Teri Orr: It’s always about the children…
A little over a week ago, a number of us in the TED community reposted a highlight clip from Malala Yousafzai’s acceptance speech for her Noble Peace Prize. The young girl from Pakistan, shot at age 13 by the Taliban, has become an international voice for girls, but really for all children, to be educated. This March, her father spoke at the TED conference and he said "People ask me what is special about my mentorship that has made Malala so bold and courageous, vocal and poised. I tell them, ‘Don’t ask me what I did. Ask me what I did not do. I did not clip her wings…."
This year is that "other" year in the every-other-year I have my whole little family together. My son and his wife and their daughter and son travel to Colorado to be with The Other Grandparents. So I had one day, Sunday, to have all three Grands together for a bit of holiday cheer. At ages 13, 11, and 10, it is increasing difficult to find activities and conversations where we all participate — the girl and two boys. And this middle school and not-quite stage, past the Santa years, but not yet in the full-on cynic years, are for most folks, a time they avoid. Me, I love this age.
I grabbed all three last Sunday and did the first thing we could all agree on… eating. We found a fancy spot for lunch in Park City where we dipped soft pretzels in cheese fondue and they started talking… about everything. Classes at school and lunchtime bullies and the electronics they wanted for Christmas. Then we drove to the St. Regis and rode the funicular (honestly, it is free and fun with an amazing view and every kid loves this four minute ride). We walked outside, up top, to view the foundation of what is becoming an ice castle there, where guests can ski in and grab a frozen concoction. It is a growing structure made entirely of ice and lights.
Then we drove to the place where I have purchased my trees (and pansies and rosemary and really everything year-round) for years — Park City Nursery. I was feeling bad I hadn’t put up the tree yet before they came for the day. But they didn’t care — they thought it was great fun to help me, find a tree. We spent a very long time talking about the trees that had room for presents underneath and a good top to stick the angel on. When they settled on a rather small one, the tree man said they should carry it down to the chainsaw station where the bottom would be cut to keep it fresh. And the Musketeers did. I have a great photo of the giggly moment.
We tied the tree to the top of the car and hurried home and took it down. I couldn’t find the tree stand quickly so I grabbed my big soup pot and stuck the tree in that and poured warm water in and propped it up against the window before we left to meet the parents. At a coffee shop, we had hot chocolate and they giggled and told their parents, in animated voices, all the crazy things we had done. The parents asked me just how much sugar had been consumed in the afternoon. I smiled and just reminded them these were the holidays.
Twenty four hours later I couldn’t sleep and at 4 in the morning I turned on the BBC radio to learn there had been a shooting of school children in Pakistan and as many as 80 children were thought to be dead. I was fully awake suddenly and sickened and sad. As the day progressed and the number rose to 100 and finally to 144 children and teachers killed, I was flattened. It was two years ago, this very week, 26 children and teachers were killed in a school in Newtown, Connecticut. And my friend, who lives just three miles from that school and is an active member of his Catholic parish, helped bury 11 of those victims with service after service, after service, of such sadness he has not since recovered.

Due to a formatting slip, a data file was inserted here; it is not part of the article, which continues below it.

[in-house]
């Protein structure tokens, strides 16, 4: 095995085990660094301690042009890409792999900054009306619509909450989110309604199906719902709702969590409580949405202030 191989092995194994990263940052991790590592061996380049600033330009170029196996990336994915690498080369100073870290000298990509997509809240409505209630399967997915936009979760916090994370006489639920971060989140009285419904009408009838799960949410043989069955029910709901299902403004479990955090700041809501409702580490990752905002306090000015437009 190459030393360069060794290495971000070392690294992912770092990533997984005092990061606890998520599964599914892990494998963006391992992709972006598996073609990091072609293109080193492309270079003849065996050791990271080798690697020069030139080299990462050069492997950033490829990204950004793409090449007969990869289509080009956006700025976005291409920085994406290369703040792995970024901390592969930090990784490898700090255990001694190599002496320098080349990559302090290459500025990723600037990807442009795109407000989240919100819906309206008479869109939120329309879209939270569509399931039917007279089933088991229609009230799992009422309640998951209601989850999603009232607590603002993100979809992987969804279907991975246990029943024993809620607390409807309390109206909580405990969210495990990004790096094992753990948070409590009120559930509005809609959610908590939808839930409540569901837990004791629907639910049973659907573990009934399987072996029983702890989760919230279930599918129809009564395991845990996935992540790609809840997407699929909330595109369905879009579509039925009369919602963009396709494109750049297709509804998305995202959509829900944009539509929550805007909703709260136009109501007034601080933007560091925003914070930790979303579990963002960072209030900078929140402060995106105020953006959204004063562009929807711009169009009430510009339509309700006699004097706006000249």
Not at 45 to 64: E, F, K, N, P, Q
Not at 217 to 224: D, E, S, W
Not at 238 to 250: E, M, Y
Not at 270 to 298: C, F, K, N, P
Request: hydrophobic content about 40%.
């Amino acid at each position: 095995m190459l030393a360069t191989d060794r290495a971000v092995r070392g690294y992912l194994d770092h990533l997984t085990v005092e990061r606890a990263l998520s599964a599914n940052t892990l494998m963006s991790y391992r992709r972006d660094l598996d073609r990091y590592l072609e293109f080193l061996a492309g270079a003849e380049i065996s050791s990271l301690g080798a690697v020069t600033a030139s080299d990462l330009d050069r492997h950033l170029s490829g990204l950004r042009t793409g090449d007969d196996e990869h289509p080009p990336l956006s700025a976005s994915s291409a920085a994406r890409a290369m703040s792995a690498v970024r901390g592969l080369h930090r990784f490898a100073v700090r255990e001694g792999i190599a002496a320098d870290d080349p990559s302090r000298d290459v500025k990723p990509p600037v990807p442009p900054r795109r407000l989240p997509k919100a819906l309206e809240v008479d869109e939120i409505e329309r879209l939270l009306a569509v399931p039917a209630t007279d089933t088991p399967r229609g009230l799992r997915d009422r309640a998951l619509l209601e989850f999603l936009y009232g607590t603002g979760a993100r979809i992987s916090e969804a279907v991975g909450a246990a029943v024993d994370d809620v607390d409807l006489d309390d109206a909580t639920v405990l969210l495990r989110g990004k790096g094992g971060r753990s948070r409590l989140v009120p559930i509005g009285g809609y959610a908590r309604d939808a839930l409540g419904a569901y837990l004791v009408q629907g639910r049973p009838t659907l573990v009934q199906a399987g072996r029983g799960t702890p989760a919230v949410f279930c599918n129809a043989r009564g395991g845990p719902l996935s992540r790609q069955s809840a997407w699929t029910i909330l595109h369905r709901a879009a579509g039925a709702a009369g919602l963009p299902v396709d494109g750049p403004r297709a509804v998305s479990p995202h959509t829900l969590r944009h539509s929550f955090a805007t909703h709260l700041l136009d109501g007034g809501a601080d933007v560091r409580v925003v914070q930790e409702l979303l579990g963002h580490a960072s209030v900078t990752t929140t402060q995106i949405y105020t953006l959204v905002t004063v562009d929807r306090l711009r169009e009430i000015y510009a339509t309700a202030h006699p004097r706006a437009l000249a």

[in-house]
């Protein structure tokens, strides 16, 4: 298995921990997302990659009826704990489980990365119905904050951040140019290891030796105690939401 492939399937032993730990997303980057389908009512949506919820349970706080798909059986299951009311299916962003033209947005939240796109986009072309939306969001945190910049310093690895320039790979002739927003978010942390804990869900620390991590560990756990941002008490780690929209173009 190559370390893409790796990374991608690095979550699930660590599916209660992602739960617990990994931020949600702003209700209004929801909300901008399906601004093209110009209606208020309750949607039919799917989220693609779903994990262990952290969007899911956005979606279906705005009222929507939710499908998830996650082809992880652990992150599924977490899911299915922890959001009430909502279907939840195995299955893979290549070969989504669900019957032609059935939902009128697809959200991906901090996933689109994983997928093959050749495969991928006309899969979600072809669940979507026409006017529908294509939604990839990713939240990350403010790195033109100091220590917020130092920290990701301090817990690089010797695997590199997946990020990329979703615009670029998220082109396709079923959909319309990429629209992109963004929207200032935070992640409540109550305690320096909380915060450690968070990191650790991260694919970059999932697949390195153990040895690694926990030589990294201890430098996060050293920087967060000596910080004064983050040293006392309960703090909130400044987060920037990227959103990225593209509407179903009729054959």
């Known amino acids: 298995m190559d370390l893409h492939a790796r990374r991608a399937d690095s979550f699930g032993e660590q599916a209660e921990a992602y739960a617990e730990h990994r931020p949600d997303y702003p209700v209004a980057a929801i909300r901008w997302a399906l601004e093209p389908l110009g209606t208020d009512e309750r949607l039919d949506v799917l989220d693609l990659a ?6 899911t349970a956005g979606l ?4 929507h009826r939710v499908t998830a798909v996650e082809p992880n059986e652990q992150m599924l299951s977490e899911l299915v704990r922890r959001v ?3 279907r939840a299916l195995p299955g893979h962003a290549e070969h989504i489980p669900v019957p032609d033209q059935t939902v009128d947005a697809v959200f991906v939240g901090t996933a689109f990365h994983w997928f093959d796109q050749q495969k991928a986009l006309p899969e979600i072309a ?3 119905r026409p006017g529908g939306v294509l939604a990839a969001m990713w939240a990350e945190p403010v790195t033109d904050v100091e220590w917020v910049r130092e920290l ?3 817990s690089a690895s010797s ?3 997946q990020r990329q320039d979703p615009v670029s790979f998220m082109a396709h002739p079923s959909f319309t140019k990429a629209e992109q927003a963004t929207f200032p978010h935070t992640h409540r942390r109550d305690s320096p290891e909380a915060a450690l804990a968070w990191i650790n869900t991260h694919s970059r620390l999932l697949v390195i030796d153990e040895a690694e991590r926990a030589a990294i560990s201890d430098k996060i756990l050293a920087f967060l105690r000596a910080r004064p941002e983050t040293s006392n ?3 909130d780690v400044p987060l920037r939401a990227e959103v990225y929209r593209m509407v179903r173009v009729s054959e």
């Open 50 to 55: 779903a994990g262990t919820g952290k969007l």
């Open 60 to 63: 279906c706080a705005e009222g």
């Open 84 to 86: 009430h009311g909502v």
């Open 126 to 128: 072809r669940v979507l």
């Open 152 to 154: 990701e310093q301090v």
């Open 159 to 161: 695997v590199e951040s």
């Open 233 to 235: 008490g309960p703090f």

Nor should he.
The senseless death of a child in a place that should be as safe as their home is increasing around the world in horrifying numbers. Later this same week we learned the terrorist group Boko Haram kidnapped girls in Africa, again, from inside their school.
After my TED friend in Pakistan posted "the smallest coffins are the heaviest," I reached out to another friend from the region and asked what humanitarian need would be best. He explained these were all middle class families. They didn’t need anything… except their children.
The news outlets were showing tiny coffins covered in blankets of roses and I found myself crying in that noisy way that ends up gasping.
There is a war that was declared without us hearing the call. It is against educating children. Young humans who can and will learn how to be brave and strong and kind and reasoned because education does that. We should, as Malala implored us, just a week ago, agree that this is the last generation where every child isn’t educated. "Let this be the last time that we see a child deprived of education." she declared. It ends with us. Educated children become citizens of the world now because the world is just that connected and small. And we owe it to each other, all the parents and all the children, to protect their universal right to a quality education.
My tree is still in the soup pot in the living room. By Christmas Eve I will have it decorated for the 11-year-old who will be here with his parents for the holiday. He is one child but he is all children this year and I will try not hug him too tight and smother him with treats and gifts and I will remind him of Malala (we have talked about her bravery in the past two years) because we all need heroes.
The holidays are always about the children. All the children. All the world over. On all the holy days. Every day. Even this Sunday in the Park…
Teri Orr is a former editor of The Park Record. She is the director of the organization that provides programming for the George S. and Dolores Doré Eccles Center for the Performing Arts.
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